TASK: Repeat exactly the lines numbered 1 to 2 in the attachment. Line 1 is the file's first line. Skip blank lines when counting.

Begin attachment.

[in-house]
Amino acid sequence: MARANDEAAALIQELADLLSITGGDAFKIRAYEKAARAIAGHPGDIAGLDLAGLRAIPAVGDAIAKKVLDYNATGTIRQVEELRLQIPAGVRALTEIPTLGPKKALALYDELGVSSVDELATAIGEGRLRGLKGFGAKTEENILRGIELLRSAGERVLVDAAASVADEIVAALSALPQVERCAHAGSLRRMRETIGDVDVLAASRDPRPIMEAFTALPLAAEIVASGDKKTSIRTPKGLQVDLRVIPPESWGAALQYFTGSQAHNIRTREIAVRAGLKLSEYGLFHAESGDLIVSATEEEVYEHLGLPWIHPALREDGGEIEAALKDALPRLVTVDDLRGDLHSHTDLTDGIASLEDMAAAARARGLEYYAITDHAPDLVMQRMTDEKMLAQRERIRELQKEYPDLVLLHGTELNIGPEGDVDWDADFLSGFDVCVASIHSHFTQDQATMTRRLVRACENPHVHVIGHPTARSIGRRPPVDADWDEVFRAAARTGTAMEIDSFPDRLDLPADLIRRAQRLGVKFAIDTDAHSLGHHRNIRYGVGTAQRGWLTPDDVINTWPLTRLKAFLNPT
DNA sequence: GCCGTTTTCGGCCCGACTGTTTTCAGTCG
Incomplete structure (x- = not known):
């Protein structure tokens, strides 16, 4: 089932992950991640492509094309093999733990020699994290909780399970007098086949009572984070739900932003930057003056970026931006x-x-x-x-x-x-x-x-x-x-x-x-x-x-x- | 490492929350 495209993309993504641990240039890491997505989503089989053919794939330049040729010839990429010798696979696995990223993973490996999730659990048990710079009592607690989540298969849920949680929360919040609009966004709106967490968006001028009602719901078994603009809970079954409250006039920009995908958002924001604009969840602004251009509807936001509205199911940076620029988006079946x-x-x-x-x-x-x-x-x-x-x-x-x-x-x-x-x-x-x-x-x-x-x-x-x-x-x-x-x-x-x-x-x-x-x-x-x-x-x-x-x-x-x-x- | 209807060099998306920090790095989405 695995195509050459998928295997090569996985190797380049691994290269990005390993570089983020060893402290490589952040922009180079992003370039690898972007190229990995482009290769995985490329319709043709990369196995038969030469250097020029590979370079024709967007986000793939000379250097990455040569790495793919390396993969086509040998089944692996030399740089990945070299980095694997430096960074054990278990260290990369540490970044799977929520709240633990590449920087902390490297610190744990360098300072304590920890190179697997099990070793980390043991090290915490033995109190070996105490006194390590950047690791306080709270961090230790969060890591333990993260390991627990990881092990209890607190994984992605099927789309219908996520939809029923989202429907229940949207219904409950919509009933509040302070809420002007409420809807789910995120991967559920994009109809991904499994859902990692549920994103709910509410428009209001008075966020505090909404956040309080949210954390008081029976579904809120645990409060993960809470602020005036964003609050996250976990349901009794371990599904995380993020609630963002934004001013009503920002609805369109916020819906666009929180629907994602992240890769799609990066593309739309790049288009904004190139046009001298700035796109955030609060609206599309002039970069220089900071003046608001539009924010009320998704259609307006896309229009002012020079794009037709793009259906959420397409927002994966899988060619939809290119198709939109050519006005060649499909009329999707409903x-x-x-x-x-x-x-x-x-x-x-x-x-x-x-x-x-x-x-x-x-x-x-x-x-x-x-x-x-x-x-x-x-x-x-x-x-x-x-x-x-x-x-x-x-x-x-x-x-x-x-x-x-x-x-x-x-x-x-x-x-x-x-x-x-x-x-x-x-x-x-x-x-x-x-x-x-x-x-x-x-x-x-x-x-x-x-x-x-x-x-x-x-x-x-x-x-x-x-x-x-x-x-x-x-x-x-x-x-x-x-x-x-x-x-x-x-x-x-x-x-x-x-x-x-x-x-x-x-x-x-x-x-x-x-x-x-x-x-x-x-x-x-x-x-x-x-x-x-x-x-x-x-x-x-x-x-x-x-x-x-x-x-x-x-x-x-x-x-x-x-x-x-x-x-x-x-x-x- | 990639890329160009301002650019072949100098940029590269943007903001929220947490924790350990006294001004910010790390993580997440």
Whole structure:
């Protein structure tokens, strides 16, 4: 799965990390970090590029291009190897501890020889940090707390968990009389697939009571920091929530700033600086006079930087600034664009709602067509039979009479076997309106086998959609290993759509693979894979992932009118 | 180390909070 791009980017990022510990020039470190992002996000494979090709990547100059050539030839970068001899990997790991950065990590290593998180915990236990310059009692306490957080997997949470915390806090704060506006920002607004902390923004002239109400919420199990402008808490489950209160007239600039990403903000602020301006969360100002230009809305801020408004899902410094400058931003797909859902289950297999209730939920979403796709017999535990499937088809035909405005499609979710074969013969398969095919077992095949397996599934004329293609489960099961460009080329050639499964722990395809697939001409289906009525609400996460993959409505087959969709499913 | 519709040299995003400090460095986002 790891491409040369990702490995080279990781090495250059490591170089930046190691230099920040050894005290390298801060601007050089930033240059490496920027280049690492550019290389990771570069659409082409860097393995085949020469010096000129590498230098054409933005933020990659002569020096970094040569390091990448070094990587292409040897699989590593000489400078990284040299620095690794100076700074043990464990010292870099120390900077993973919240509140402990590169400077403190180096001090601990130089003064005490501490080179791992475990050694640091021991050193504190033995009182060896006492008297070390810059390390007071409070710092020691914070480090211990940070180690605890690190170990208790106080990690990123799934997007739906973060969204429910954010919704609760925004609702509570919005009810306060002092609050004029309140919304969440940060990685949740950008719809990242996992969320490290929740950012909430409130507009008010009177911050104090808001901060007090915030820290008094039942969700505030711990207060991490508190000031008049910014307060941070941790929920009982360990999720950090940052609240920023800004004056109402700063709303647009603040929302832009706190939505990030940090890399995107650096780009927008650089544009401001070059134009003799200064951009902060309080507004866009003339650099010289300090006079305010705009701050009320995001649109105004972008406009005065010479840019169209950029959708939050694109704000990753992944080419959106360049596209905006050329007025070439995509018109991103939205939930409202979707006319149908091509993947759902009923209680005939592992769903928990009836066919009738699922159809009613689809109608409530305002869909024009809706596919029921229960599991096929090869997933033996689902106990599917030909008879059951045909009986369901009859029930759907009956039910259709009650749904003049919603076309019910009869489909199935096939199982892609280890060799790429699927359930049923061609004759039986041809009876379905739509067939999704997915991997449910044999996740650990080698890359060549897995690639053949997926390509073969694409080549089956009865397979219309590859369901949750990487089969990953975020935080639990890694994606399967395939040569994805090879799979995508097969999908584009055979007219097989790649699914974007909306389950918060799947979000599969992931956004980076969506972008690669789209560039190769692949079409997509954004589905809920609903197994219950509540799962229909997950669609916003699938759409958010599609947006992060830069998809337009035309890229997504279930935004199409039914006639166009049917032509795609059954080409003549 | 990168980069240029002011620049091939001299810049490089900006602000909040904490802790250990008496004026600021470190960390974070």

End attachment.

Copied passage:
[in-house]
Amino acid sequence: MARANDEAAALIQELADLLSITGGDAFKIRAYEKAARAIAGHPGDIAGLDLAGLRAIPAVGDAIAKKVLDYNATGTIRQVEELRLQIPAGVRALTEIPTLGPKKALALYDELGVSSVDELATAIGEGRLRGLKGFGAKTEENILRGIELLRSAGERVLVDAAASVADEIVAALSALPQVERCAHAGSLRRMRETIGDVDVLAASRDPRPIMEAFTALPLAAEIVASGDKKTSIRTPKGLQVDLRVIPPESWGAALQYFTGSQAHNIRTREIAVRAGLKLSEYGLFHAESGDLIVSATEEEVYEHLGLPWIHPALREDGGEIEAALKDALPRLVTVDDLRGDLHSHTDLTDGIASLEDMAAAARARGLEYYAITDHAPDLVMQRMTDEKMLAQRERIRELQKEYPDLVLLHGTELNIGPEGDVDWDADFLSGFDVCVASIHSHFTQDQATMTRRLVRACENPHVHVIGHPTARSIGRRPPVDADWDEVFRAAARTGTAMEIDSFPDRLDLPADLIRRAQRLGVKFAIDTDAHSLGHHRNIRYGVGTAQRGWLTPDDVINTWPLTRLKAFLNPT